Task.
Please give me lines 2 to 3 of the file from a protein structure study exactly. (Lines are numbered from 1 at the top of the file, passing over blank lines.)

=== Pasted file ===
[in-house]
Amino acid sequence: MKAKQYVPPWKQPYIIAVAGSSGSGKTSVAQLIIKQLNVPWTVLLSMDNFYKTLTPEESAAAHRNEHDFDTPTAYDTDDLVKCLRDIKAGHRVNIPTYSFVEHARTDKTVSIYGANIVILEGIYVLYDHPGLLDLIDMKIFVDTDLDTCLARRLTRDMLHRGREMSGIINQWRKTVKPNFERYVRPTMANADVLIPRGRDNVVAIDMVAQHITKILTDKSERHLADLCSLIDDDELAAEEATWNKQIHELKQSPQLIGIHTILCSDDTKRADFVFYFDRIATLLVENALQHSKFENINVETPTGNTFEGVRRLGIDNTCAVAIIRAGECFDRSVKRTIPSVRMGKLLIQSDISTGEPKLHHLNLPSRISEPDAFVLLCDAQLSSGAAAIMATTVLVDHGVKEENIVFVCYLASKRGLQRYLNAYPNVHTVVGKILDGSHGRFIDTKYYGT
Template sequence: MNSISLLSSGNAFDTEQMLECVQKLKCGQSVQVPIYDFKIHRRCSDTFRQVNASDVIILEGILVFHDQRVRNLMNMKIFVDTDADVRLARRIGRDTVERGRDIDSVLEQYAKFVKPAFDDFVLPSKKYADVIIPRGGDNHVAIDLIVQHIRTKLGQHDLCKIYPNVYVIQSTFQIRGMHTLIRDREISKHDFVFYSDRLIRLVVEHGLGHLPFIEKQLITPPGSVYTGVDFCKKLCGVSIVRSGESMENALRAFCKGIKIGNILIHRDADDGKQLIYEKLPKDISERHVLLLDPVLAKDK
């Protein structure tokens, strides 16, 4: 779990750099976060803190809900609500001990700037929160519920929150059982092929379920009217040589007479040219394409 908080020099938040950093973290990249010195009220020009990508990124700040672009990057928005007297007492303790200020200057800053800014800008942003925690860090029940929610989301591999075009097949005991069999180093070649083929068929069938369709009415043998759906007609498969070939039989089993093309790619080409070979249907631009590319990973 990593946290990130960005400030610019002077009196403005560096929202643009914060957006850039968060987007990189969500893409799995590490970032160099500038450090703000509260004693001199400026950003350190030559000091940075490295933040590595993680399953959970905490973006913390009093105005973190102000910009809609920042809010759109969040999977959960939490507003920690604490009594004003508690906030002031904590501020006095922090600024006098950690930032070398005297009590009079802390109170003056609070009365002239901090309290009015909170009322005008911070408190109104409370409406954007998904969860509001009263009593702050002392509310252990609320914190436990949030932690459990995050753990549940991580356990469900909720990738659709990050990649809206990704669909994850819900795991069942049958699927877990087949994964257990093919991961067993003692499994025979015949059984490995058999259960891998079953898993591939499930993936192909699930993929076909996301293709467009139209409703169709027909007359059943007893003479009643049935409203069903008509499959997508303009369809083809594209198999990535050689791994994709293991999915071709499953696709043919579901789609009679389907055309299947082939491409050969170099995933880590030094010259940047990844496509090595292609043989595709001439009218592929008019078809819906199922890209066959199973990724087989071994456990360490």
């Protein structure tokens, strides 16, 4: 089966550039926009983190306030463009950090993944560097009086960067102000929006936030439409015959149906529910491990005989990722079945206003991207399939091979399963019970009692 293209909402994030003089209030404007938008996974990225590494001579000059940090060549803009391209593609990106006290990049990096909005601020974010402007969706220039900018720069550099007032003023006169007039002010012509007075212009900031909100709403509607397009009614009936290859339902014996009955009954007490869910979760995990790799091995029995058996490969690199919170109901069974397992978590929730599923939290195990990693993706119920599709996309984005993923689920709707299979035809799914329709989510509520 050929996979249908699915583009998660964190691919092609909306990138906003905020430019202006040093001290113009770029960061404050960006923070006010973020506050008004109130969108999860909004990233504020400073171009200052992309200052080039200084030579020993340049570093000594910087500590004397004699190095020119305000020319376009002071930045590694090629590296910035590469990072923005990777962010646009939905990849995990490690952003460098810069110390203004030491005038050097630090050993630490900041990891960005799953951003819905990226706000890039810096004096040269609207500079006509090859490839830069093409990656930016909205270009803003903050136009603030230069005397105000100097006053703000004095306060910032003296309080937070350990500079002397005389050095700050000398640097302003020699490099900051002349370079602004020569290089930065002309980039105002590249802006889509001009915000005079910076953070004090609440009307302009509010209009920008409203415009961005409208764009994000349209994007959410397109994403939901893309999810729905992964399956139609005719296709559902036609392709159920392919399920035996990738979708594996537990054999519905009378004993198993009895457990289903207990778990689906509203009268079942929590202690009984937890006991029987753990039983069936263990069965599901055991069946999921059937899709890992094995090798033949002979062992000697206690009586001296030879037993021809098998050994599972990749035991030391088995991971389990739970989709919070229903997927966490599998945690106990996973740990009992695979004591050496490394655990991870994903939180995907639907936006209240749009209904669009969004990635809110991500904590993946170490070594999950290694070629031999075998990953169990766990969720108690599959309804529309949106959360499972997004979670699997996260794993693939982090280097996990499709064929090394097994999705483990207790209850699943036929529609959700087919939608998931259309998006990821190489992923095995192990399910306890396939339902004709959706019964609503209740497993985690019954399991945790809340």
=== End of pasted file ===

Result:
Amino acid sequence: MKAKQYVPPWKQPYIIAVAGSSGSGKTSVAQLIIKQLNVPWTVLLSMDNFYKTLTPEESAAAHRNEHDFDTPTAYDTDDLVKCLRDIKAGHRVNIPTYSFVEHARTDKTVSIYGANIVILEGIYVLYDHPGLLDLIDMKIFVDTDLDTCLARRLTRDMLHRGREMSGIINQWRKTVKPNFERYVRPTMANADVLIPRGRDNVVAIDMVAQHITKILTDKSERHLADLCSLIDDDELAAEEATWNKQIHELKQSPQLIGIHTILCSDDTKRADFVFYFDRIATLLVENALQHSKFENINVETPTGNTFEGVRRLGIDNTCAVAIIRAGECFDRSVKRTIPSVRMGKLLIQSDISTGEPKLHHLNLPSRISEPDAFVLLCDAQLSSGAAAIMATTVLVDHGVKEENIVFVCYLASKRGLQRYLNAYPNVHTVVGKILDGSHGRFIDTKYYGT
Template sequence: MNSISLLSSGNAFDTEQMLECVQKLKCGQSVQVPIYDFKIHRRCSDTFRQVNASDVIILEGILVFHDQRVRNLMNMKIFVDTDADVRLARRIGRDTVERGRDIDSVLEQYAKFVKPAFDDFVLPSKKYADVIIPRGGDNHVAIDLIVQHIRTKLGQHDLCKIYPNVYVIQSTFQIRGMHTLIRDREISKHDFVFYSDRLIRLVVEHGLGHLPFIEKQLITPPGSVYTGVDFCKKLCGVSIVRSGESMENALRAFCKGIKIGNILIHRDADDGKQLIYEKLPKDISERHVLLLDPVLAKDK